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Spider wasps are insects, belonging to the family Pompilidae. They are solitary, not building communal nests as most other wasp species do. They are hunters, and parasitize spiders (or other spider wasps) to provide nourishment for their larvae. Spider wasps are generally non-aggressive to humans, not exhibiting the nest defending behavior of their cousins.

Spider wasps comprise about 290 species in the United States and Canada and about 4200 worldwide, making them a very prolific hunter. Size and coloration among the many species vary. The spider wasp most commonly observed is Cryptocheilus bicolor, a very large wasp at 35 mm in length. The body is a glossy black with orange wings and legs, along with a broad orange band about its abdomen. The wasp holds its wings upright when resting but flicks them rapidly when it runs or hops about. The movements are very rapid, characterized by bursts of motion followed by absolute stillness except for the wing movements, which give the wasp a somewhat jerky style of motion. In comparison to other wasps, spider wasps have extremely long back legs.

A favorite victim of spider wasps are huntsman spiders. These are large, hairy spiders which have a quite threatening appearance while actually being harmless. The wasp attacks the spider, stings it to paralyze it, then deposits an egg on the incapacitated arachnid. The egg hatches and the larva then feeds on the still living spider before pupating in it's silky chamber. The new spider wasp generally doesn't emerge until the following summer.

Often in preparation for the hunt and egg laying, the female wasp will dig a chamber in sandy soil to accomodate her conquest. After acquiring a victim, the female wasp will deposit it within the chamber and seal it. Others bypass this step and simply paralyze their victim, deposit the egg, and proceed on their merry way. A few females will steal spiders from other spider wasps, avoiding the battle for a food supply for their offspring altogether.

The spider wasps sting can cause pain and irritation but is uncommon for humans to experience. Wasps, unlike true bees, can sting multiple times and do not die after stinging. Wasps do not leave their sting in the sting location. As with other bee/wasp stings, individuals will react differently, some with little ill effect, others suffering a more severe allergic reaction. First aid is the same for all such stings. Application of a cold pack can help relieve the pain while more severe reactions should be treated quickly by medical personnel to avoid allergic reaction.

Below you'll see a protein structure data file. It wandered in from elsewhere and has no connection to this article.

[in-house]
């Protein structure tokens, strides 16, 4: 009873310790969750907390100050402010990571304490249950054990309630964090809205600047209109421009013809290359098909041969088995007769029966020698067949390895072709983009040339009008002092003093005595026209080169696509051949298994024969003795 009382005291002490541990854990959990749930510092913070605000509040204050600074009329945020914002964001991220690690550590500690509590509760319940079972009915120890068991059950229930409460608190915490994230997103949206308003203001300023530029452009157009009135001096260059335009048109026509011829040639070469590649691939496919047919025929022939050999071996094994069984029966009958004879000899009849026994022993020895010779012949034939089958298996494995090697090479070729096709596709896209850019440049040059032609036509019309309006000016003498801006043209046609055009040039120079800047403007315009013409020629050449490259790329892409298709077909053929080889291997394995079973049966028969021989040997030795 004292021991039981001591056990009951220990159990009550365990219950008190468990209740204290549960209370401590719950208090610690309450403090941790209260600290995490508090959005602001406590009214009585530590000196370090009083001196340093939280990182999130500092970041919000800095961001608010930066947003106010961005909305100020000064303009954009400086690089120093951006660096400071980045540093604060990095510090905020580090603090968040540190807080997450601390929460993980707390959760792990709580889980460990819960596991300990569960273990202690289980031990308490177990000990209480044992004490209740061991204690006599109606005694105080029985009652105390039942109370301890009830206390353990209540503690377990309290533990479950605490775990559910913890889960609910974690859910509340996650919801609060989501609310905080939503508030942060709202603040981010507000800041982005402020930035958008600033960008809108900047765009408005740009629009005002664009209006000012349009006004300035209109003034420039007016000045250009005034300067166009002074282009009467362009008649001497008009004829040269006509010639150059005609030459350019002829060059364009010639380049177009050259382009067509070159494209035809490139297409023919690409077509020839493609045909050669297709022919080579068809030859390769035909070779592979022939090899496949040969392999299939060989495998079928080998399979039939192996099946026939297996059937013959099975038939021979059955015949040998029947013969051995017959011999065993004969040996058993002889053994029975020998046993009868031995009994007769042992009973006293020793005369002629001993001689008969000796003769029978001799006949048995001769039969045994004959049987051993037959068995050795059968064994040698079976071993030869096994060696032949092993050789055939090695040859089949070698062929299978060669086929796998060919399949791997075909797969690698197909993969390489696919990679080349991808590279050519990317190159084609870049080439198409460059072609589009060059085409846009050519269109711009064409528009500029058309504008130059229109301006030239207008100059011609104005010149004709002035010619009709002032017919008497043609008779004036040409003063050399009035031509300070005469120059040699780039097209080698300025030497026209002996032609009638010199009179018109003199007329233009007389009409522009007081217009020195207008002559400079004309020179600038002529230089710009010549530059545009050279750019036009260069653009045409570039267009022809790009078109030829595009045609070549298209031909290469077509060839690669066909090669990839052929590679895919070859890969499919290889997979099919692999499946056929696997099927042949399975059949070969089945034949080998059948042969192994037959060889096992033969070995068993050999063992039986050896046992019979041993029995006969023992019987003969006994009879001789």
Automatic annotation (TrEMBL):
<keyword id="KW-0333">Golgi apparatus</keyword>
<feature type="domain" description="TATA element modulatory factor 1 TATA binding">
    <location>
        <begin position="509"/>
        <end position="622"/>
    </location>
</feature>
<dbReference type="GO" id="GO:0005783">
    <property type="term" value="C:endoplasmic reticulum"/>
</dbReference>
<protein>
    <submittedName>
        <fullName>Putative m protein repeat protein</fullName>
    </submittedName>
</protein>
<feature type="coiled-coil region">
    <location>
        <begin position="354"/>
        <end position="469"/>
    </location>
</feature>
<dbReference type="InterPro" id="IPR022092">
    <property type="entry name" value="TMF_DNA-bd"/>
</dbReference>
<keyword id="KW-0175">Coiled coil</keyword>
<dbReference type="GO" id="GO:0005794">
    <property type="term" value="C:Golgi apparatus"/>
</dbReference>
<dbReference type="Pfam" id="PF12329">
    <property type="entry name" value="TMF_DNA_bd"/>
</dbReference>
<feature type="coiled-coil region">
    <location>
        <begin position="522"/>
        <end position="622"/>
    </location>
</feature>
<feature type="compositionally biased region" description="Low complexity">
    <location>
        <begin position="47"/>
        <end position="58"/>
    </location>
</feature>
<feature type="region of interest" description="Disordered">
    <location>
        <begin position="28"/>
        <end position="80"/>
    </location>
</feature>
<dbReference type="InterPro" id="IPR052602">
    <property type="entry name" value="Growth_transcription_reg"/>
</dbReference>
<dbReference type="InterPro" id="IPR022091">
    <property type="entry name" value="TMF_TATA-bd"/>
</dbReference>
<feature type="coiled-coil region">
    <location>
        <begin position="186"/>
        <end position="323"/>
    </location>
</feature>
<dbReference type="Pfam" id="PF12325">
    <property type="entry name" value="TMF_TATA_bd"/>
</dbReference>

Last summer I was enjoying a little downtime, sitting on my front porch enjoying the sun and breeze.

After a few minutes, I noticed a long, elegant wasp patrolling the lawn. It flew a bit, then landed and ran about, sometimes also hopping. It wasn't long until it flushed a huntsman spider from its motionless attempt at evading discovery. The spider, in comparason to the spindly appearing wasp, was huge. The wasp wasn't impressed by the size differential and set about attacking the spider. The spider tried to fend off the wasp with its long legs while attempting to retreat. The tactic was fruitless. The wasp was an absolute fury, never relenting in its assault on the hapless spider. Finally, the wasp landed a sting, and the spider very quickly became feeble, then immobile.

The spider was too large to fly with, so the wasp grasped it and started dragging it away. The victor and the vanquished quickly withdrew from my sight.

A war had unfolded before my eyes. In the span of 5 minutes the initial engagement had become a pitched battle followed by the absolute defeat of one of the combatants. The amazing part was the battle was total conflict, no fear or hesitation on the part of the wasp, just a simple dedication to vanquishing the spider. I watched that battle with rapt attention, and breathed a prayer of thanks that spider wasps don't come in a 50 pound variety. In that battle I saw a miniature re-enactment of the bug battles of the film Starship Troopers. There was no negotiation, no Geneva Convention rules of engagement, no mercy. There was only war, total war. Mars, god of war, would have been proud.


Sources:

http://www.everythingabout.net/articles/biology/animals/arthropods/insects/wasps/spider_wasp/
http://www.amonline.net.au/factsheets/spider_wasps.htm

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